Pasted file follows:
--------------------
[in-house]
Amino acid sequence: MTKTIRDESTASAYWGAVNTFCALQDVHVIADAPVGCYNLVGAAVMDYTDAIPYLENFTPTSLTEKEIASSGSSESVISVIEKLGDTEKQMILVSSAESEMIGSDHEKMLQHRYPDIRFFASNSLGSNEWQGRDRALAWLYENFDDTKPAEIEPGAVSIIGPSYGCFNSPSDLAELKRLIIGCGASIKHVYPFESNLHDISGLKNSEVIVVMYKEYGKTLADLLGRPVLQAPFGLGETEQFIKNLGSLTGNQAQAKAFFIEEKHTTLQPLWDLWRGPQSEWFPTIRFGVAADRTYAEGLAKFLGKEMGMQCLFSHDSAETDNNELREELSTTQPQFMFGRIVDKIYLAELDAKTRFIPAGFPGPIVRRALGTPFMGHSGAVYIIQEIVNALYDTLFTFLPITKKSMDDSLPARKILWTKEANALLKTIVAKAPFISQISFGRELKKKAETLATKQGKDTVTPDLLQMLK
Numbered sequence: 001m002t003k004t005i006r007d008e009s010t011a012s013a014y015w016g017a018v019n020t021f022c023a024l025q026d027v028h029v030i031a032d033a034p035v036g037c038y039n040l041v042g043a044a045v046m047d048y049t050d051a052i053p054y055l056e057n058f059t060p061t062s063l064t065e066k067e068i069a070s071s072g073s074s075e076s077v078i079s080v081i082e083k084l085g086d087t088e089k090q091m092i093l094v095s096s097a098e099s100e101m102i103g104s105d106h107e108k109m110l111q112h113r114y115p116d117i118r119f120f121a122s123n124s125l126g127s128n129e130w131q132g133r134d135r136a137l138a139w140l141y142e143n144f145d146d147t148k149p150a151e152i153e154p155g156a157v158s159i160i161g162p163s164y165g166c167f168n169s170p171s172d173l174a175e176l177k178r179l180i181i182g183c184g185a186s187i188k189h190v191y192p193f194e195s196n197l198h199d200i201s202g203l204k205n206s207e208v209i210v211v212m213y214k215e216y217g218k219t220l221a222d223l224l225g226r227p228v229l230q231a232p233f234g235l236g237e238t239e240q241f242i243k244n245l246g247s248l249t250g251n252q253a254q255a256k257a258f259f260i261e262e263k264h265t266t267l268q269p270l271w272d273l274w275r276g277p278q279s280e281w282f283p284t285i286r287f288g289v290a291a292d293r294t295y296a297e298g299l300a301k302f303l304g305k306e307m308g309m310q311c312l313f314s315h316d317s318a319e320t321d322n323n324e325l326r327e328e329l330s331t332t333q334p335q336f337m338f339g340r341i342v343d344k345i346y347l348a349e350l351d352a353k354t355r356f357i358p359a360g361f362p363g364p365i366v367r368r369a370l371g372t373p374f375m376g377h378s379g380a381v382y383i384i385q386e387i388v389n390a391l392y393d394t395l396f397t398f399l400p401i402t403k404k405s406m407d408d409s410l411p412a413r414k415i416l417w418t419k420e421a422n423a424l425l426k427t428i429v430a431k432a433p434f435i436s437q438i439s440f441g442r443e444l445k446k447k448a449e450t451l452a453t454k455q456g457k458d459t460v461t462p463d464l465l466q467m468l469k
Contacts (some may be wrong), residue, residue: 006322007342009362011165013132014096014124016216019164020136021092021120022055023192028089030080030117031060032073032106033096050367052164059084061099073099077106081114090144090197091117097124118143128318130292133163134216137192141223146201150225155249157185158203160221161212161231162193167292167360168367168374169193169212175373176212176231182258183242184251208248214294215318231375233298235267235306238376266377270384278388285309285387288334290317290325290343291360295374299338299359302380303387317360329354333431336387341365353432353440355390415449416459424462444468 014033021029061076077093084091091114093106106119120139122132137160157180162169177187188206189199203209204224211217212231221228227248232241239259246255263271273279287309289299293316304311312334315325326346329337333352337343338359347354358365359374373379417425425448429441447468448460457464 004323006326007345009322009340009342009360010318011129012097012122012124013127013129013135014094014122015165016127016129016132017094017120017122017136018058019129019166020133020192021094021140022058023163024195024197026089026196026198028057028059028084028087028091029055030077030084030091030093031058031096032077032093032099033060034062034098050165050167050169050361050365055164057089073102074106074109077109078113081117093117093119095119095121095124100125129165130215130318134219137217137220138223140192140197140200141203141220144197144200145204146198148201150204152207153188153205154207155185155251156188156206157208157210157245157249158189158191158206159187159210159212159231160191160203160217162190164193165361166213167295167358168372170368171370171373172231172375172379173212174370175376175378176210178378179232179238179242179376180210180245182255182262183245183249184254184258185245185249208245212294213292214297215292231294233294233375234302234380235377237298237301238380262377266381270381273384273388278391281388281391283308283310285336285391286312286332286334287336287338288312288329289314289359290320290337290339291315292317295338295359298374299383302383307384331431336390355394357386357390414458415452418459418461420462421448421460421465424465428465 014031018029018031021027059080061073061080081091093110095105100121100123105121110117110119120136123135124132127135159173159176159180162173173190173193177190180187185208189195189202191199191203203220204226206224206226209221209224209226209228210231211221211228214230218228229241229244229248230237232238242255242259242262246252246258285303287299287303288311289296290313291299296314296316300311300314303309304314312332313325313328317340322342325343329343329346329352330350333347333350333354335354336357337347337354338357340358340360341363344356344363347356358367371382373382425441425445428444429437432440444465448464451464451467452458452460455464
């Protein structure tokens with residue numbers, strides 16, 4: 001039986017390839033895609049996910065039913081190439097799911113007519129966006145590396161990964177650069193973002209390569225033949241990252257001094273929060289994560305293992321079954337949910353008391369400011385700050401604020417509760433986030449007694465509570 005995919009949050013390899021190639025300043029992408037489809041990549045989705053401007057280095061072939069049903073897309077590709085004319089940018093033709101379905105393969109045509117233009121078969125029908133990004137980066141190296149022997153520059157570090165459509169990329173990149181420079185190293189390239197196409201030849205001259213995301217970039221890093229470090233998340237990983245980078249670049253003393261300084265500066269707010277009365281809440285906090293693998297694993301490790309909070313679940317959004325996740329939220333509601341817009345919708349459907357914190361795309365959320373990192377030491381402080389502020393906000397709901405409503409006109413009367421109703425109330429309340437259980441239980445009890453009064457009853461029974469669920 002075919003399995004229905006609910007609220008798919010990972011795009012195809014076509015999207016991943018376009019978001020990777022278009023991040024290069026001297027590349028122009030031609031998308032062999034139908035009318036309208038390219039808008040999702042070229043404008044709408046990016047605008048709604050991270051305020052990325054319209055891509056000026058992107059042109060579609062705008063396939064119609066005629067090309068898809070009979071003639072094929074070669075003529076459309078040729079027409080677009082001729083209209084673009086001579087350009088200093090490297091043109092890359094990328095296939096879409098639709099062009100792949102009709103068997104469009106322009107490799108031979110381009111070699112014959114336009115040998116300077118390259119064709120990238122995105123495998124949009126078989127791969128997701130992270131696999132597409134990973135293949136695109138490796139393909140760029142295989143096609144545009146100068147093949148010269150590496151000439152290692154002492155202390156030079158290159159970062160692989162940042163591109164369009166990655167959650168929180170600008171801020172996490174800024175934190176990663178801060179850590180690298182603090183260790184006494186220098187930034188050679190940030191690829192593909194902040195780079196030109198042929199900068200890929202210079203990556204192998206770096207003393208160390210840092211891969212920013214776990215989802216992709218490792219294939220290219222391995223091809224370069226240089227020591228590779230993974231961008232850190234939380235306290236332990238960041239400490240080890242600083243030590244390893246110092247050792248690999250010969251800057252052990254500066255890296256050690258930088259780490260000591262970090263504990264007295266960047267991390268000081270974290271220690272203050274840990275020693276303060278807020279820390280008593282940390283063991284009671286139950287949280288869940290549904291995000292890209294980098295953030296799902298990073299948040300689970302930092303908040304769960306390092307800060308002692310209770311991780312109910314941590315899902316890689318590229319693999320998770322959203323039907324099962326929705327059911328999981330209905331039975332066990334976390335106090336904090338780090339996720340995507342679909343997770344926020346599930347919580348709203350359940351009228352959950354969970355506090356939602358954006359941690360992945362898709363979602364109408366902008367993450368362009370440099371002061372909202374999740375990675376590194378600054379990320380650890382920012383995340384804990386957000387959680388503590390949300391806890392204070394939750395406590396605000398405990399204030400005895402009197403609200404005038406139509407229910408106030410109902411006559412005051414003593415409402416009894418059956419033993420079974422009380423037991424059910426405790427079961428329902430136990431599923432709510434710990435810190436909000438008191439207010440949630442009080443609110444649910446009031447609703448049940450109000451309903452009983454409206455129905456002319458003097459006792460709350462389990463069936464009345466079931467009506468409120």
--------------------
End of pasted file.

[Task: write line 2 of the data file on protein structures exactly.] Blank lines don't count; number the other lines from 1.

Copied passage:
Amino acid sequence: MTKTIRDESTASAYWGAVNTFCALQDVHVIADAPVGCYNLVGAAVMDYTDAIPYLENFTPTSLTEKEIASSGSSESVISVIEKLGDTEKQMILVSSAESEMIGSDHEKMLQHRYPDIRFFASNSLGSNEWQGRDRALAWLYENFDDTKPAEIEPGAVSIIGPSYGCFNSPSDLAELKRLIIGCGASIKHVYPFESNLHDISGLKNSEVIVVMYKEYGKTLADLLGRPVLQAPFGLGETEQFIKNLGSLTGNQAQAKAFFIEEKHTTLQPLWDLWRGPQSEWFPTIRFGVAADRTYAEGLAKFLGKEMGMQCLFSHDSAETDNNELREELSTTQPQFMFGRIVDKIYLAELDAKTRFIPAGFPGPIVRRALGTPFMGHSGAVYIIQEIVNALYDTLFTFLPITKKSMDDSLPARKILWTKEANALLKTIVAKAPFISQISFGRELKKKAETLATKQGKDTVTPDLLQMLK